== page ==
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Publication numberUS1843738 A
Publication typeGrant
Publication dateFeb 2, 1932
Filing dateJul 6, 1929
Priority dateJul 6, 1929
Publication numberUS 1843738 A, US 1843738A, US-A-1843738, US1843738 A, US1843738A
InventorsAdolf Schubert
Original AssigneeBarrett & Company
Export CitationBiBTeX, EndNote, RefMan
External Links: USPTO, USPTO Assignment, Espacenet
Decorating leather
US 1843738 A
Abstract  available in
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Claims  available in
Description  (OCR text may contain errors)

Feb. 2 i932. A. SCHUBERT l 1,843,738

' DECORATING LEATHER Filed July 6, 1929 INVENToR.

" BY 7 @Mw Wm K n ATTO EYS.

Patented Feb. 2, 1932 UNITED STATES PATENT OFFICE .ADOLF SCHUBERT, 0F MILLBURN, NEW JERSEY, ASSIGNOR TO BARRETT & COMPANY,

0F NEWARK, NEW JERSEY, A CORPORATION 0F NEW JERSEY DECORATING- LEATHER Application ined July 6, 1929. serial No. 376,494.

My invention is a process resembling those transfer-printing processes in which the subject matter is printed initially on sheets of paper, and from these sheets is transferred, by contact and pressure in the presence of a suitable fluid, to the articles or materials to receive the print. So far as I am aware however none of the prior transfer-printing processes are suitable for the decoration of leather: the reasons are various, among these being the non-suitability of the substances used, and the tendency of the colors to bleed whereby lines are blurred and color gradations tend to disappear. The object of my invention is to provide a process of the transfer-printing` type which is suitable for decorating leather.

- The accompanying drawing illustrates, diagrammatically` an embodiment of my 1n vention.

According to my invention, the colormg matter used in the ink is a dye or mixture of dyes rather than a pigment (including color lakes within the term pigment) that is to say the coloring matter used in the ink is a soluble substance capable of directly affixing itself to and dyeing the fibres of the leather from solution. Furthermore, the coloring matter used is one (or a mixture) of those dyes which are soluble in alcohol and insoluble in water. This class of dyes covers a wide range of fast colors and a Wide range of dyes which are insoluble or. only very slightly soluble in those "materials or substances which are suitable for the vehicles with which the dyes are mixed to form the printing ink as hereinafter described.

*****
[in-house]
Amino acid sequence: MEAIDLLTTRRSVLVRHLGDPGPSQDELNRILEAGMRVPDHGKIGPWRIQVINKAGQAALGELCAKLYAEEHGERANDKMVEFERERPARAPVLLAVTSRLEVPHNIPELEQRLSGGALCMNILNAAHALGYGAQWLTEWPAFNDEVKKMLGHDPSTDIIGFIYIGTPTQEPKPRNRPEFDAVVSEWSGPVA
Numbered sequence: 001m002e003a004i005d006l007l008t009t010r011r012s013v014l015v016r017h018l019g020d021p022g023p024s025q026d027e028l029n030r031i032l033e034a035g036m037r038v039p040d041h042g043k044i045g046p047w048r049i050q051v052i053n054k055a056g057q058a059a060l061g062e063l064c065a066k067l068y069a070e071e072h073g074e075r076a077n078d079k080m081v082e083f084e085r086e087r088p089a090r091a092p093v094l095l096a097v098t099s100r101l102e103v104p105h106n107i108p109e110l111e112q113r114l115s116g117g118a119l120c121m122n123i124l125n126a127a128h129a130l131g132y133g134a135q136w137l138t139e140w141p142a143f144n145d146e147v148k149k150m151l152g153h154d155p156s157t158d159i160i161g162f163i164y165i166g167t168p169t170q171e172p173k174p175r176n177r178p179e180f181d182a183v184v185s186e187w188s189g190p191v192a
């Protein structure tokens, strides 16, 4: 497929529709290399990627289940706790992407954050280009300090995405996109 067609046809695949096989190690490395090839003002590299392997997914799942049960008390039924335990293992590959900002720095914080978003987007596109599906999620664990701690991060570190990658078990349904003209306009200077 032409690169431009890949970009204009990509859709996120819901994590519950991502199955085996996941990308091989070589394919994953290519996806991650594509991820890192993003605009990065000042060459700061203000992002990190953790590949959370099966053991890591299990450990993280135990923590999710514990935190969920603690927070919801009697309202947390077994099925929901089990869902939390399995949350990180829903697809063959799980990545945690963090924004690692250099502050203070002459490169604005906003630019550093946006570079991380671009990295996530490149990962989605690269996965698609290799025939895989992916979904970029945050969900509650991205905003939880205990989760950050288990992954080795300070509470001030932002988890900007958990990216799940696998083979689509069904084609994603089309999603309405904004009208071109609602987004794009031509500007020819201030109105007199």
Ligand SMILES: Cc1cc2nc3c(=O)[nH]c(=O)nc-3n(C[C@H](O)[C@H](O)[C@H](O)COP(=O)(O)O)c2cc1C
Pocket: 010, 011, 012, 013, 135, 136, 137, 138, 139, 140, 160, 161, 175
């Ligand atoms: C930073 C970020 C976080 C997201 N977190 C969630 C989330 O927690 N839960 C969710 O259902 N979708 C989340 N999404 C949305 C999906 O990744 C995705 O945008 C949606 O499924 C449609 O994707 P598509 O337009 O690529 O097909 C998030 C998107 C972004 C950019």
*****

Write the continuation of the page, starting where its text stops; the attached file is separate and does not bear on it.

For the vehicle part of the ink, that is to say, for the carrier for the dyestufl' and which serves to give the ink the necessary viscosity, greasy or tacky nature, and any other characteristics that may be required of inksr employed in the particular printing process chosen for laying down the subject matter on the transfer sheetsfI choose a substance or substances that will remain on the transfer sheets for some considerable. time, that is or are soluble in the transfer-solvent used in making the transfer to the leather, and a sub.

alcohol-soluble resin or gum, for example f/ lution.

stance or substances in which the dye or dyes 1s substantially insoluble. Various of the fixed or non-drying oils and fats meet these requirements, and particularly the vegetable and animal oils and fats of the non-drying class. Preferably I use castor oil. Such substances can be thickened to the required consistency by suitable substances such as an rosin, shellac, elimi, mastic, sandarac, etc. Such thickeners I usually mix with the oil or fat before introducing the dye. The dye or dyes is intermixed with the vehicle of course. At the time the printing is done on the transfer sheets, the dyestul should be in a solid state, rather than in so- Preferably therefore I grindthe dry, finely powdered dye, or mixture of dyes into the vehicle. I use such proportions as test shows to give the proper strength' of 7d color or tinctorial value on the \leather. If necessary the mixture can be thinned somewhat thereafter by adding a more fluid substance inert to the dye but miscible to the vehicle, such as xylol, toluol, benzolfetc; these particular thinners do not seem to materially reduce the color strength or tinctorial value,

L lpresumably because of their volatility. The

dye-vehicle mixture can also be thickened somewhat by adding more oil or fat and resin or gum in suitable proportions, but this tends to reduce the color strength as will be apparent. i

With such anA ink, the subject matter is printed onto the transfer sheets, for example by blocks or rolls engraved 'or etched in accordance with the design or ornamentation. Forv the transfer sheets I preferably use a fibrous material, such as paper or cloth, because of its permeability to the transfer-solvent. A substantially unsized and uncalendered paper, such as is used for newspapers, servesthe purpose well.